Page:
Controlled studies on adult normal volunteers, receiving 1 gram 4 times a day for 10 days, monitoring CBC, SGOT, SGPT, bilirubin, alkaline phosphatase, BUN, creatinine, and urinalysis, indicated no clinically significant changes attributed to cefazolin.

In vitro tests demonstrate that the bactericidal action of cephalosporins results from inhibition of cell wall synthesis. Cefazolin has been shown to be active against most strains of the following microorganisms, both in vitro and in clinical infections as described in INDICATIONS AND USAGE.

Staphylococcus aureus (including β-lactamase-producing strains)

Staphylococcus epidermidis

Streptococcus pyogenes, Streptococcus agalactiae, and other strains of streptococci

Streptococcus pneumoniae

Methicillin-resistant staphylococci are uniformly resistant to cefazolin, and many strains of enterococci are resistant.

Escherichia coli

Proteus mirabilis

Most strains of indole positive Proteus (Proteus vulgaris), Enterobacter spp., Morganella morganii, Providencia rettgeri, Serratia spp., and Pseudomonas spp. are resistant to cefazolin.

Quantitative methods that require measurement of zone diameters provide reproducible estimates of the susceptibility of bacteria to antimicrobial compounds. One such standardized procedure1 that has been recommended for use with disks to test the susceptibility of microorganisms to cefazolin uses the 30-mcg cefazolin disk.

Results of the standardized single-disk susceptibility test1 with a 30-mcg cefazolin disk should be interpreted according to the following criteria:

RECOMMENDED RANGES FOR CEFAZOLIN SUSCEPTIBILITY TESTING

Standardized single-disk susceptibility test should be performed ONLY with a 30-mcg cefazolin disk. A report of "Susceptible" indicates that the pathogen is likely to be inhibited by usually achievable concentrations of the antimicrobial compound in the blood. A report of "Intermediate" indicates that the result should be considered equivocal, and, if the microorganism is not fully susceptible to alternative, clinically feasible drugs, the test should be repeated. This category implies possible clinical applicability in body sites where the drug is physiologically concentrated or in situations where high dosage of drug can be used. This category also provides a buffer zone that prevents small uncontrolled technical factors from causing major discrepancies in interpretation. A report of "Resistant" indicates that usually achievable concentrations of the antimicrobial compound in the blood are unlikely to be inhibitory and that other therapy should be selected.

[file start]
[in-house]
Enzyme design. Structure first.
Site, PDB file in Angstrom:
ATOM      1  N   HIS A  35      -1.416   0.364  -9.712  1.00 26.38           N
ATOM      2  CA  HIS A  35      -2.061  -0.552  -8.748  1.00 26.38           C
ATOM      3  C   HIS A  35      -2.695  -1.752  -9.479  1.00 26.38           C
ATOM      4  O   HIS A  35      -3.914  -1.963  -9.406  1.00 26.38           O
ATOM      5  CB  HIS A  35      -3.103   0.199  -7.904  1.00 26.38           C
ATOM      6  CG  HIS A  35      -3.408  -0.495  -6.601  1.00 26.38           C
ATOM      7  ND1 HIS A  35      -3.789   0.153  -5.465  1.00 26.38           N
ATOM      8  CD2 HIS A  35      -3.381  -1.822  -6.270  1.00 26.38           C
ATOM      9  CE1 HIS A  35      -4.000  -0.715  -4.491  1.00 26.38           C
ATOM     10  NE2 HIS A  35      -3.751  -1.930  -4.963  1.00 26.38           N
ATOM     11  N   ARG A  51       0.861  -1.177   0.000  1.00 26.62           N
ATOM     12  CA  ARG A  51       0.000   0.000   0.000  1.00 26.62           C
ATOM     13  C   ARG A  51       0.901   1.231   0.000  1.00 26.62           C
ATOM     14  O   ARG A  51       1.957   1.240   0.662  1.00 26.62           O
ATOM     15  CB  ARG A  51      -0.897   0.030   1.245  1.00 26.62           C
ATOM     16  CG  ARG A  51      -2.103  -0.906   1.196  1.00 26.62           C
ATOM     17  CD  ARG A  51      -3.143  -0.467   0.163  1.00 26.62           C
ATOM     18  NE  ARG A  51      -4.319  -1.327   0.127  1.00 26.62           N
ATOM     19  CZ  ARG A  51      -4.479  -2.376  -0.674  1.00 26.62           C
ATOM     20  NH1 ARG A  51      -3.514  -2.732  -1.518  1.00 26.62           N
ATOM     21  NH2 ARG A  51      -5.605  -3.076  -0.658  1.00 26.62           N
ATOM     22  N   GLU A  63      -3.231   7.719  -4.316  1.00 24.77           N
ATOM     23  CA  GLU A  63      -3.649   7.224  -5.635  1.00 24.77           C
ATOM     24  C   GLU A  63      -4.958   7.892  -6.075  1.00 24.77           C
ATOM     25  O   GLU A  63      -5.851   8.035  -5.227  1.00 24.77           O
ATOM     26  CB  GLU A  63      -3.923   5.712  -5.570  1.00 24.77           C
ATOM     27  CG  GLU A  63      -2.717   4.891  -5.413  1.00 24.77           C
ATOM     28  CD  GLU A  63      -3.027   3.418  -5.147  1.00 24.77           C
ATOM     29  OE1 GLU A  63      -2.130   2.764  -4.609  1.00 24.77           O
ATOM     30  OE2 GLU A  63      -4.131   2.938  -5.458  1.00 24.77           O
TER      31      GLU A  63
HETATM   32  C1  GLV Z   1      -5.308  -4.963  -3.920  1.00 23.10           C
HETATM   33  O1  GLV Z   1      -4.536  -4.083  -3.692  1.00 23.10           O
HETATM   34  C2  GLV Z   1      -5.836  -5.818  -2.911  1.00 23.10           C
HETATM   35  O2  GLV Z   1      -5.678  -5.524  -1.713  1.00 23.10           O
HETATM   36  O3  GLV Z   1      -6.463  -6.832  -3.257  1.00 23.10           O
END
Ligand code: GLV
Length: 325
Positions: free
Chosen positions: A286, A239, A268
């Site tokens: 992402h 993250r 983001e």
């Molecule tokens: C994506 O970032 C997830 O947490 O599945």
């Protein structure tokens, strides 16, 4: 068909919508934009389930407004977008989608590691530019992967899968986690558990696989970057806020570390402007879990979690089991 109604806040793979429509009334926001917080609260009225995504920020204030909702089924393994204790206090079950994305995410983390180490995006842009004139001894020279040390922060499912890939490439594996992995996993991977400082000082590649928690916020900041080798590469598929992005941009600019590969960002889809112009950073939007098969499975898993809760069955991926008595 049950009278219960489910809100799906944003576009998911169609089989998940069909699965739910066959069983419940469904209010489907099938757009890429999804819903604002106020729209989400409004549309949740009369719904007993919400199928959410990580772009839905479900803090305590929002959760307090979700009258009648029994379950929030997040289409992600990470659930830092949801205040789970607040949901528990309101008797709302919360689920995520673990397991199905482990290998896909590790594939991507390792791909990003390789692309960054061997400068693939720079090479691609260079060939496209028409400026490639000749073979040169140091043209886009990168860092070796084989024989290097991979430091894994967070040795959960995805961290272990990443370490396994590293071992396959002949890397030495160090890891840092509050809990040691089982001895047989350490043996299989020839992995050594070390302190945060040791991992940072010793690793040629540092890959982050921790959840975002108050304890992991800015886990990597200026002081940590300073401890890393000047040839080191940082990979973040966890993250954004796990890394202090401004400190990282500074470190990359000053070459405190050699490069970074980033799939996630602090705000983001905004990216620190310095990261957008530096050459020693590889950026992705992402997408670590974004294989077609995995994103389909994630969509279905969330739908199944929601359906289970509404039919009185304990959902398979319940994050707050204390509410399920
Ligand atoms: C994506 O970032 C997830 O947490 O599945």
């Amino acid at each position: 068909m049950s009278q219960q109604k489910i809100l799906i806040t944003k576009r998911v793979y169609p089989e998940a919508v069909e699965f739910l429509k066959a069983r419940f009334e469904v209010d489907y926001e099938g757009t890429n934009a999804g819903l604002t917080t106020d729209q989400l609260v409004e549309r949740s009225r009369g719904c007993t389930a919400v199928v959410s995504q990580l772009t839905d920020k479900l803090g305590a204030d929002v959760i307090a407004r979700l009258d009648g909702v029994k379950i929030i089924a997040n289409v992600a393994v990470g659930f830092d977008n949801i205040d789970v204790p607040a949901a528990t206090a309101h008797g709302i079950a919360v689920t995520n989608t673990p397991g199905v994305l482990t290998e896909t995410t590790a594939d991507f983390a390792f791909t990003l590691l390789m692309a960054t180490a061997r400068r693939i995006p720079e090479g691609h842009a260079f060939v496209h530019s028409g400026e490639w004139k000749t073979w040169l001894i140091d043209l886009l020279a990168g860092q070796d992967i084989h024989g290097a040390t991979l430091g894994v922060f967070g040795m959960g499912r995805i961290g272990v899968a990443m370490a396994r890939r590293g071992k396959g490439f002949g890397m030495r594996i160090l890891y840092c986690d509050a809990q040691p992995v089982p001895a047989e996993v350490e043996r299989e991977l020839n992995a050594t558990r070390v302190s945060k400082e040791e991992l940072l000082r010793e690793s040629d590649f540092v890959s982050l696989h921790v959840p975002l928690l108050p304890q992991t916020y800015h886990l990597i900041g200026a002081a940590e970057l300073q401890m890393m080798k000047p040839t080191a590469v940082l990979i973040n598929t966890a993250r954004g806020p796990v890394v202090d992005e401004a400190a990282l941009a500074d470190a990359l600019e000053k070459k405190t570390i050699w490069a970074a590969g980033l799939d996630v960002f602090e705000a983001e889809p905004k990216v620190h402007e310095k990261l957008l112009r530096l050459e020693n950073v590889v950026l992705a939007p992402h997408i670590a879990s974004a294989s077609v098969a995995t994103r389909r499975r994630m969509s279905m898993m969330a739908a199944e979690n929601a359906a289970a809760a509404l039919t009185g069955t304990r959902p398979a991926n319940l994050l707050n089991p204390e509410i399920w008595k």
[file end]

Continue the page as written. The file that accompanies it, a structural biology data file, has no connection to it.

Standardized susceptibility test procedures require the use of laboratory control microorganisms. The 30-mcg cefazolin disk should provide the following zone diameters in these laboratory test quality control strains:

The cefazolin disk should not be used for testing susceptibility to other cephalosporins.

Zone diameter (mm) Interpretation
≥18 Susceptible (S)
15 to 17 Intermediate (I)
≤14 Resistant (R)
Microorganism Zone Diameter (mm)
E. coli ATCC 25922 21-27
S. aureus ATCC 25923 29-35

Quantitative methods that are used to determine minimum inhibitory concentrations (MIC) provide reproducible estimates of the susceptibility of bacteria to antimicrobial compounds. One such standardized procedure uses a standardized dilution method2 (broth, agar, or microdilution) or equivalent with cefazolin powder. The MIC values obtained should be interpreted according to the following criteria:

Interpretation should be as stated above for results using diffusion techniques.

As with standard diffusion techniques, dilution methods require the use of laboratory control microorganisms. Standard cefazolin powder should provide the following MIC values:

MIC (mcg/mL) Interpretation
≤16 Susceptible (S)
≥64 Resistant (R)
Microorganism MIC (mcg/mL)
S. aureus ATCC 25923 0.25 to 1.0
E. coli ATCC 25922 1.0 to 4.0